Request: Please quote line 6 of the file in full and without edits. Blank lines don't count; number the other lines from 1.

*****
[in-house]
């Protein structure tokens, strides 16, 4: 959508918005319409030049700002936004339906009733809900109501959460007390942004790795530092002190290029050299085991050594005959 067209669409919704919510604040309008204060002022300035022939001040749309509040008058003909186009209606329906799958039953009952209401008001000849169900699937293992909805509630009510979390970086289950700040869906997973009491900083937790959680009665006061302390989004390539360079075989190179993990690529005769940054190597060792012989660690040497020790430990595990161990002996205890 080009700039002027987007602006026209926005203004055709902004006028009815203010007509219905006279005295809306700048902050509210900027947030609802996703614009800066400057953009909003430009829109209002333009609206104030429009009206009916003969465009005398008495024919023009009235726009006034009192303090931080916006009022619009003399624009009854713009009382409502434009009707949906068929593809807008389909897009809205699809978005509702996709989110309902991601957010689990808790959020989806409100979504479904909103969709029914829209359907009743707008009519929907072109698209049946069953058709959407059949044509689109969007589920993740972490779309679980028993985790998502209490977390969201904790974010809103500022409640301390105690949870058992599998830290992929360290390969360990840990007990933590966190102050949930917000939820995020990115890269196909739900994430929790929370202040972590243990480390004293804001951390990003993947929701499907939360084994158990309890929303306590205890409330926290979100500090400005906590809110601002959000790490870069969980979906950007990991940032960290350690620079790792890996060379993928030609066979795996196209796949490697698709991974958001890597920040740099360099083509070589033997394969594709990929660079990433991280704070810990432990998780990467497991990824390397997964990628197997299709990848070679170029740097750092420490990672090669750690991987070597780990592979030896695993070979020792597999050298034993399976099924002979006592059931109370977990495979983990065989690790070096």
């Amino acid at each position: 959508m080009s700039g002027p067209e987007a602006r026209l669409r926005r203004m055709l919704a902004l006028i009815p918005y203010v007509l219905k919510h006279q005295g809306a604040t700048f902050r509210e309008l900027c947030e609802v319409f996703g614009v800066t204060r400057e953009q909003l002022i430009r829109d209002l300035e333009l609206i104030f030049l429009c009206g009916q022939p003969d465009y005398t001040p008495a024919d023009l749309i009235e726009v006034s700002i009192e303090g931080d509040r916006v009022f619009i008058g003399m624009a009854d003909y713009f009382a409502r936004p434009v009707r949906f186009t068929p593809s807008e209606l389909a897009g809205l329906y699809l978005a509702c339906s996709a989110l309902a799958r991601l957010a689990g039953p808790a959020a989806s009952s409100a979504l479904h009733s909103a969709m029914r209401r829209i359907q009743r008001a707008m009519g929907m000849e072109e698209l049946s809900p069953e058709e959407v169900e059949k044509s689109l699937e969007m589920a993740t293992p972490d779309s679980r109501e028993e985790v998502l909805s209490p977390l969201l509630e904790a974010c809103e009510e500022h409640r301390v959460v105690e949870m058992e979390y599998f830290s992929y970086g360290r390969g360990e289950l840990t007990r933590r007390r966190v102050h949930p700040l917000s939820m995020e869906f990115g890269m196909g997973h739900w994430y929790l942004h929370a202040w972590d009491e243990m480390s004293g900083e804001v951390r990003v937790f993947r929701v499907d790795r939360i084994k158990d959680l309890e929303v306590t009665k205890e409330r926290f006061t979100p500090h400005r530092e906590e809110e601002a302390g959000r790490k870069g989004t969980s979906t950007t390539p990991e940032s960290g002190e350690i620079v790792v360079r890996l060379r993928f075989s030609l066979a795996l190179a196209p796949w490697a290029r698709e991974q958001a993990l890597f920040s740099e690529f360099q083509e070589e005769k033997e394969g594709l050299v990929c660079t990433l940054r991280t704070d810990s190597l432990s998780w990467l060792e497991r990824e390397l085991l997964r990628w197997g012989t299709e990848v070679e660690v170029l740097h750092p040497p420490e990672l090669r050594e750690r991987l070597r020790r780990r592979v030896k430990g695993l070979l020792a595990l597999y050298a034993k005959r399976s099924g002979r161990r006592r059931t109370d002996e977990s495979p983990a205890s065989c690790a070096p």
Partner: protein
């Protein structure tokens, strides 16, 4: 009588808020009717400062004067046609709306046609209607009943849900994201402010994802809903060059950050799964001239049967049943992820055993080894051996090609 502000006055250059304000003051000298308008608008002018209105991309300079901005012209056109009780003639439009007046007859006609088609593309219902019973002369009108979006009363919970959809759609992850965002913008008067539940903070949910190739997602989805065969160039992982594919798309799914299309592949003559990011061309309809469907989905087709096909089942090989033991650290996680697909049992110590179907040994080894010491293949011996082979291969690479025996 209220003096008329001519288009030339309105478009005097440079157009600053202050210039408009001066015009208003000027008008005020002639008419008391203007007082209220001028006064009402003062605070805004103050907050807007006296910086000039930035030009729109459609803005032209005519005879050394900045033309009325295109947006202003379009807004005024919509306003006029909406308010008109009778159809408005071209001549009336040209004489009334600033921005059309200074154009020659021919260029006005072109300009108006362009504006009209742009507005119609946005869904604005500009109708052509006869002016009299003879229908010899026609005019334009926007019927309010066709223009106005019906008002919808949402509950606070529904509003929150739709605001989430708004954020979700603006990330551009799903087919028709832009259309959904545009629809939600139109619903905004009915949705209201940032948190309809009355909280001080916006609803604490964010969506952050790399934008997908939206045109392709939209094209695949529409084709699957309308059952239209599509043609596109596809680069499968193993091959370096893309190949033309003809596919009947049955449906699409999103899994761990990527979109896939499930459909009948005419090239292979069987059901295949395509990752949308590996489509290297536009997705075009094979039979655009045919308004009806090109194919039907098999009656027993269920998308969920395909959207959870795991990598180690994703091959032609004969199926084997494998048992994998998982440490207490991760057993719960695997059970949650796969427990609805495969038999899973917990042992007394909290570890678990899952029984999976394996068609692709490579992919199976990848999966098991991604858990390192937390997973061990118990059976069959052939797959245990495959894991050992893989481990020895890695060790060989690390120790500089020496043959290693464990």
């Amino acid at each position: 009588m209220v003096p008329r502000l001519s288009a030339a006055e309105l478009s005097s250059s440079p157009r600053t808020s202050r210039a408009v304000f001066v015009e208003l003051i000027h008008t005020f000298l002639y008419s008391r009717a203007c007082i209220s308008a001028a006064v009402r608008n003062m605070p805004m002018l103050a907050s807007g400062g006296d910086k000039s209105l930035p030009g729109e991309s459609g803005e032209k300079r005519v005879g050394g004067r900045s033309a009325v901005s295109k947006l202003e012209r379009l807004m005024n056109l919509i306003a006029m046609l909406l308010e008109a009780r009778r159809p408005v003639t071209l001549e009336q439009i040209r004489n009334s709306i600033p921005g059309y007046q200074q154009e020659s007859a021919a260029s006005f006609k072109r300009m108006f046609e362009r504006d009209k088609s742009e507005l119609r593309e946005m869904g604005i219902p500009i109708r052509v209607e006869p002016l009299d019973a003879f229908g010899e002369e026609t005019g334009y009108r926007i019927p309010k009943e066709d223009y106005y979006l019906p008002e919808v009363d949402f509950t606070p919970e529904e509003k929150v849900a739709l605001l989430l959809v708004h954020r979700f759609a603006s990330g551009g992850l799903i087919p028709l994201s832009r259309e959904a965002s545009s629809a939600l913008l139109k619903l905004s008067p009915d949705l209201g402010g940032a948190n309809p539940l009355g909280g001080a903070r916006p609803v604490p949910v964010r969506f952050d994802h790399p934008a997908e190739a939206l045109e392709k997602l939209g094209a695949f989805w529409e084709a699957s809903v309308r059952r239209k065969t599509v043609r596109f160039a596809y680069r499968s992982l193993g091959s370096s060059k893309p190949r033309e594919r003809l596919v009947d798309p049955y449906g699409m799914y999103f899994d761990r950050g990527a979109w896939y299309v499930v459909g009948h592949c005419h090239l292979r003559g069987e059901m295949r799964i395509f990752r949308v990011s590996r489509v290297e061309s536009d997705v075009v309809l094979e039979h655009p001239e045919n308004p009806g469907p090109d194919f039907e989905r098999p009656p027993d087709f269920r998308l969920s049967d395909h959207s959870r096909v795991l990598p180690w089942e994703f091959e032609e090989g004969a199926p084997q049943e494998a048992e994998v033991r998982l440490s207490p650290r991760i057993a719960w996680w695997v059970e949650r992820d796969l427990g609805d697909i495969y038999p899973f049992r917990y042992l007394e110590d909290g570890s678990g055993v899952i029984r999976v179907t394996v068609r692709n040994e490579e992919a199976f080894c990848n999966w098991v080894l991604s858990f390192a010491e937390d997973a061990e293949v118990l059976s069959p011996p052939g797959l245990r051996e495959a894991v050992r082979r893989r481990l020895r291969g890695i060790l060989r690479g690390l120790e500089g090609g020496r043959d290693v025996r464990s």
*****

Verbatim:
């Amino acid at each position: 009588m209220v003096p008329r502000l001519s288009a030339a006055e309105l478009s005097s250059s440079p157009r600053t808020s202050r210039a408009v304000f001066v015009e208003l003051i000027h008008t005020f000298l002639y008419s008391r009717a203007c007082i209220s308008a001028a006064v009402r608008n003062m605070p805004m002018l103050a907050s807007g400062g006296d910086k000039s209105l930035p030009g729109e991309s459609g803005e032209k300079r005519v005879g050394g004067r900045s033309a009325v901005s295109k947006l202003e012209r379009l807004m005024n056109l919509i306003a006029m046609l909406l308010e008109a009780r009778r159809p408005v003639t071209l001549e009336q439009i040209r004489n009334s709306i600033p921005g059309y007046q200074q154009e020659s007859a021919a260029s006005f006609k072109r300009m108006f046609e362009r504006d009209k088609s742009e507005l119609r593309e946005m869904g604005i219902p500009i109708r052509v209607e006869p002016l009299d019973a003879f229908g010899e002369e026609t005019g334009y009108r926007i019927p309010k009943e066709d223009y106005y979006l019906p008002e919808v009363d949402f509950t606070p919970e529904e509003k929150v849900a739709l605001l989430l959809v708004h954020r979700f759609a603006s990330g551009g992850l799903i087919p028709l994201s832009r259309e959904a965002s545009s629809a939600l913008l139109k619903l905004s008067p009915d949705l209201g402010g940032a948190n309809p539940l009355g909280g001080a903070r916006p609803v604490p949910v964010r969506f952050d994802h790399p934008a997908e190739a939206l045109e392709k997602l939209g094209a695949f989805w529409e084709a699957s809903v309308r059952r239209k065969t599509v043609r596109f160039a596809y680069r499968s992982l193993g091959s370096s060059k893309p190949r033309e594919r003809l596919v009947d798309p049955y449906g699409m799914y999103f899994d761990r950050g990527a979109w896939y299309v499930v459909g009948h592949c005419h090239l292979r003559g069987e059901m295949r799964i395509f990752r949308v990011s590996r489509v290297e061309s536009d997705v075009v309809l094979e039979h655009p001239e045919n308004p009806g469907p090109d194919f039907e989905r098999p009656p027993d087709f269920r998308l969920s049967d395909h959207s959870r096909v795991l990598p180690w089942e994703f091959e032609e090989g004969a199926p084997q049943e494998a048992e994998v033991r998982l440490s207490p650290r991760i057993a719960w996680w695997v059970e949650r992820d796969l427990g609805d697909i495969y038999p899973f049992r917990y042992l007394e110590d909290g570890s678990g055993v899952i029984r999976v179907t394996v068609r692709n040994e490579e992919a199976f080894c990848n999966w098991v080894l991604s858990f390192a010491e937390d997973a061990e293949v118990l059976s069959p011996p052939g797959l245990r051996e495959a894991v050992r082979r893989r481990l020895r291969g890695i060790l060989r690479g690390l120790e500089g090609g020496r043959d290693v025996r464990s």